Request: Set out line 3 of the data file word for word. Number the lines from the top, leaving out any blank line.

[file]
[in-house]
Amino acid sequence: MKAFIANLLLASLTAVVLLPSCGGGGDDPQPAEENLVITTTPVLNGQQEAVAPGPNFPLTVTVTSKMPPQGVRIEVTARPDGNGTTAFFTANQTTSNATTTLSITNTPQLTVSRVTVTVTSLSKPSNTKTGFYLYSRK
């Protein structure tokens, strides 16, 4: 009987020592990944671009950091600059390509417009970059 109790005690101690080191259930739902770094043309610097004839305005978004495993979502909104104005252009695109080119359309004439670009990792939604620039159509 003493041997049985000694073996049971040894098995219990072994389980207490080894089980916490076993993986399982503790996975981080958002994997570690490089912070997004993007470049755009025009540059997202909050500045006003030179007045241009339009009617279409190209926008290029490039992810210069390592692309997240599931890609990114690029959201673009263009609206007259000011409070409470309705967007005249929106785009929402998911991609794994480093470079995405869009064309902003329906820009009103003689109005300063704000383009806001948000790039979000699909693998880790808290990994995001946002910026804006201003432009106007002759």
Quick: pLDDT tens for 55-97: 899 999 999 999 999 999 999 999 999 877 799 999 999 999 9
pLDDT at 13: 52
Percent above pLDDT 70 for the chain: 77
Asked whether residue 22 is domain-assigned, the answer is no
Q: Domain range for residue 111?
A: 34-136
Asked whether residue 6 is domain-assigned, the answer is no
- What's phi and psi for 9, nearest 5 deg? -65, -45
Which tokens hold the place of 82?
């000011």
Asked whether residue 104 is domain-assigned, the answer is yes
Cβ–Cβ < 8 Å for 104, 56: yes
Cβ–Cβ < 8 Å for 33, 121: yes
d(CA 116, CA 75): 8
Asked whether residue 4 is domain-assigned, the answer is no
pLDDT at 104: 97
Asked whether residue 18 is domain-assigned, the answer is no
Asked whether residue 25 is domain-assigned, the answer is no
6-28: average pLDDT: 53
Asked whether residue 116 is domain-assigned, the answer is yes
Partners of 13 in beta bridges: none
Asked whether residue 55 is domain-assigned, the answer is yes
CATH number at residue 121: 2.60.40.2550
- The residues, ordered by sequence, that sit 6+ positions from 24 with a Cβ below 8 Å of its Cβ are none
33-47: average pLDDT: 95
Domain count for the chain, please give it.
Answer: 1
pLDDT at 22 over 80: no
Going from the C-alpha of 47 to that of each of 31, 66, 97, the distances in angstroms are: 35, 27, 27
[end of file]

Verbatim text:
């Protein structure tokens, strides 16, 4: 009987020592990944671009950091600059390509417009970059 109790005690101690080191259930739902770094043309610097004839305005978004495993979502909104104005252009695109080119359309004439670009990792939604620039159509 003493041997049985000694073996049971040894098995219990072994389980207490080894089980916490076993993986399982503790996975981080958002994997570690490089912070997004993007470049755009025009540059997202909050500045006003030179007045241009339009009617279409190209926008290029490039992810210069390592692309997240599931890609990114690029959201673009263009609206007259000011409070409470309705967007005249929106785009929402998911991609794994480093470079995405869009064309902003329906820009009103003689109005300063704000383009806001948000790039979000699909693998880790808290990994995001946002910026804006201003432009106007002759």